How Do I Git? Three Ways to Solve a Merge Conflict…

Got a merge conflict & now you’re in Vim? Don’t panic, here’s what that means & what you can do to resolve it.

Learning how to use version control can be hella frustrating; especially if you do not work in a role that requires you to use a version control system (VCS) like Git on a daily basis.

In this blog post I am going to show you how to solve a merge conflict.

First we will look at what a merge conflict is and why they occur. Then we will cover three ways to resolve them using the Web UI (which stands for User Interface) on GitHub, the Command Line and the GitHub Desktop App.

Merge conflicts may occur if competing changes are made to the same line of a file or when a file is deleted that another person is attempting to edit. —

OK… so what does that mean?

When we edit files within a repository (repository: think regular folder with a super smart .git file that tracks all your changes), we can make changes that won’t cause a merge conflict.

For example, if you add lines of code (or any text) to the end of a file; Git can recognise that you haven’t changed any of the existing content. So when you go to combine two versions of that file (or “merge” them), it will do so quite happily. Regardless of whether that merge is performed through merging your changes with a remote version of that repository on GitHub or merging your current branch back into the master branch on your local repository.

Merge conflicts occur when the changes are a little more complex.

Remember that computers are not the smartest of creatures, you have to tell them explicitly what you want, or they panic. So in this instance, if we go into our file and change one of the existing lines of code or text and try to complete a merge (of any kind), Git will have a tiny panic.

But you don’t need to worry, as Git can resolve these conflicts perfectly fine; it sends these warnings as a way to let you know that it needs more information about the changes you want to make. It is one of the many points in Git that allows you to “check yourself before you wreck yourself” and this is when we need to use one of the following methods to resolve the conflict.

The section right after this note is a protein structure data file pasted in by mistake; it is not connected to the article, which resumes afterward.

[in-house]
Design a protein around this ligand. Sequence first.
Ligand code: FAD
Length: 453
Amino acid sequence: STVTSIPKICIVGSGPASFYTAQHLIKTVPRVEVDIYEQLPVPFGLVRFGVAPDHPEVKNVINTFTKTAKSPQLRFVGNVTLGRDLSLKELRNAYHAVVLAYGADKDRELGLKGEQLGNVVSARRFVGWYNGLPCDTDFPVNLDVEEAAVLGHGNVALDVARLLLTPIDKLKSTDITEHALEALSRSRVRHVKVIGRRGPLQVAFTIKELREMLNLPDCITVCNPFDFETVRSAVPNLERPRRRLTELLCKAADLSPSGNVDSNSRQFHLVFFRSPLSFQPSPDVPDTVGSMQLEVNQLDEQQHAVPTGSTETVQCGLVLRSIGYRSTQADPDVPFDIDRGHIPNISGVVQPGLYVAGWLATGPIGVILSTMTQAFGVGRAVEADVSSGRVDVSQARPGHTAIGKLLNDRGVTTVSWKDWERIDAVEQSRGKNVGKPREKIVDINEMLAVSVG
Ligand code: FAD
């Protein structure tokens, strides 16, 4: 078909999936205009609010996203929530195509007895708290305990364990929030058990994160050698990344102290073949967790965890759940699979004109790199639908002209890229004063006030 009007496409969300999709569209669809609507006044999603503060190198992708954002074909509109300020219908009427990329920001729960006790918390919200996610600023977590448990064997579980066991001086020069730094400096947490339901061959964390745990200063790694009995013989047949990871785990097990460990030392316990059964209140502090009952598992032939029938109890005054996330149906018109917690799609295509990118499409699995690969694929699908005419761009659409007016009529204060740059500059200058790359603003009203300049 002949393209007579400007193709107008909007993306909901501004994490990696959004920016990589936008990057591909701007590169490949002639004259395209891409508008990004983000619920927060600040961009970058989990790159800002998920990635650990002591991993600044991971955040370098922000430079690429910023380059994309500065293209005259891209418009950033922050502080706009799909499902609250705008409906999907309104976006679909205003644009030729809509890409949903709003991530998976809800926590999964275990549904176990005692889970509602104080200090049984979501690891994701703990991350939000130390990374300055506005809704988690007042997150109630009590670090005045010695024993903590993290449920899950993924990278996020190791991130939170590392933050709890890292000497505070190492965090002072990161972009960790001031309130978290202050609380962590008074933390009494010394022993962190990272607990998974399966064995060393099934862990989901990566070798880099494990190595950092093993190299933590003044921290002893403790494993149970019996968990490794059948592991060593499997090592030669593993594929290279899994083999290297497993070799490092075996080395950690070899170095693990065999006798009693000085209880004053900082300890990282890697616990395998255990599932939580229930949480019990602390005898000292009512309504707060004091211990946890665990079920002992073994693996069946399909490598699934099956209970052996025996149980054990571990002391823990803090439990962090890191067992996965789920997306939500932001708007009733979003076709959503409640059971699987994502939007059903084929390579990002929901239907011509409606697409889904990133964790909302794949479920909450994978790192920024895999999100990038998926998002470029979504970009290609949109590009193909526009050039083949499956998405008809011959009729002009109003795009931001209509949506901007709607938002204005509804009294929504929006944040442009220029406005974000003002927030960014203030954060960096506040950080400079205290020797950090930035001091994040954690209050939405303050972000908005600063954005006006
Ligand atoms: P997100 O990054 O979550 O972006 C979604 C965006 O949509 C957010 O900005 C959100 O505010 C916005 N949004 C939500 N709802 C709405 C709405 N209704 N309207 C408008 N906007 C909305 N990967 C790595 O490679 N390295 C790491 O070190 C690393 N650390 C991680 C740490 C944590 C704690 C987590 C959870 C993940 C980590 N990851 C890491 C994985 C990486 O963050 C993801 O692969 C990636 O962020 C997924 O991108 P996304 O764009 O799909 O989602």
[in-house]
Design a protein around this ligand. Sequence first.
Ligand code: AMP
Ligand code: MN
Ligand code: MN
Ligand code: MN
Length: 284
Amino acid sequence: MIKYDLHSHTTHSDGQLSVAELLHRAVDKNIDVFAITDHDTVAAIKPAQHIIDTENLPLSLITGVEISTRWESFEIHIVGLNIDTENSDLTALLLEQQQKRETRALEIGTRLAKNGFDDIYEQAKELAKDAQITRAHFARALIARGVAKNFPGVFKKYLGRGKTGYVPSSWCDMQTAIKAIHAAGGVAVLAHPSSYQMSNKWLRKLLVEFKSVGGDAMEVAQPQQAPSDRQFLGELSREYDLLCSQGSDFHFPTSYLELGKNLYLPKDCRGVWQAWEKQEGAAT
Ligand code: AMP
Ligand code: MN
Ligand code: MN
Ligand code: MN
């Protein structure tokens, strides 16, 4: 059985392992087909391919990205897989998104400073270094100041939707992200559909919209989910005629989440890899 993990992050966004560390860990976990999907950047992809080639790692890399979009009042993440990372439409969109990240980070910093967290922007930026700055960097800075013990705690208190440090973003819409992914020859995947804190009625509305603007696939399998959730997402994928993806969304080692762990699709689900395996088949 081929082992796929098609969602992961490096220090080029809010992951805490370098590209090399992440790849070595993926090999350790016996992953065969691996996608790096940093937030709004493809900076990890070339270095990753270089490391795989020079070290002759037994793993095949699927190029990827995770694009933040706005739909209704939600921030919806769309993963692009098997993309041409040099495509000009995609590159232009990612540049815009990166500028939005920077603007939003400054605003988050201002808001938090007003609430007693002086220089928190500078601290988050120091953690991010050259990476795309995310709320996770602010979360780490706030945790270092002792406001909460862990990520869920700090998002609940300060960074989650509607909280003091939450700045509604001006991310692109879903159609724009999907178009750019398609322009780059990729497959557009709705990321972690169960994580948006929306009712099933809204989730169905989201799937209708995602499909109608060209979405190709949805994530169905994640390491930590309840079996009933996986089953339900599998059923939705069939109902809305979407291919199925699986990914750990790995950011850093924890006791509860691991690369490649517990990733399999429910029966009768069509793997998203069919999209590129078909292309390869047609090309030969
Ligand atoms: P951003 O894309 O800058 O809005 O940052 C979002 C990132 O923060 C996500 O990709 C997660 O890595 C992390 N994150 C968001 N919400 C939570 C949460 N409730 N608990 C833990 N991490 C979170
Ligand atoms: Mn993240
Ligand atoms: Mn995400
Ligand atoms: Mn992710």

In my intro to Git workshops, I teach how to resolve merge conflicts to people by using a single text file in a repository. As an exercise, this covers several of the things that as a beginner I found totally baffling. I have no shame in admitting that it took me almost a year from creating a GitHub account to making my first pull request.

So let’s see how using the GitHub web UI goes:

For this example I created a repository on the web UI using the create a new repository option from the homepage of GitHub.

Then I forked this(made a copy of the entire repository) to my GitHub organisation My Kind Of. As a result you’ll see two versions of the repo exist, one at and one at

I then made changes to both of the repositories by editing the document — these changes were made on exactly the same line on both files but say different things, so the repositories are now out of sync with each other (which we know will cause a conflict).

After this, I made a pull request from the organisation fork to my original repository using the Pull Request tab.

And hitting this button:

If you don’t see the options for choosing base and head fork, here you may need to hit the “compare across forks” link (highlighted in blue in the image below).

Once the pull request is made we can start handling our merge conflict on the web UI.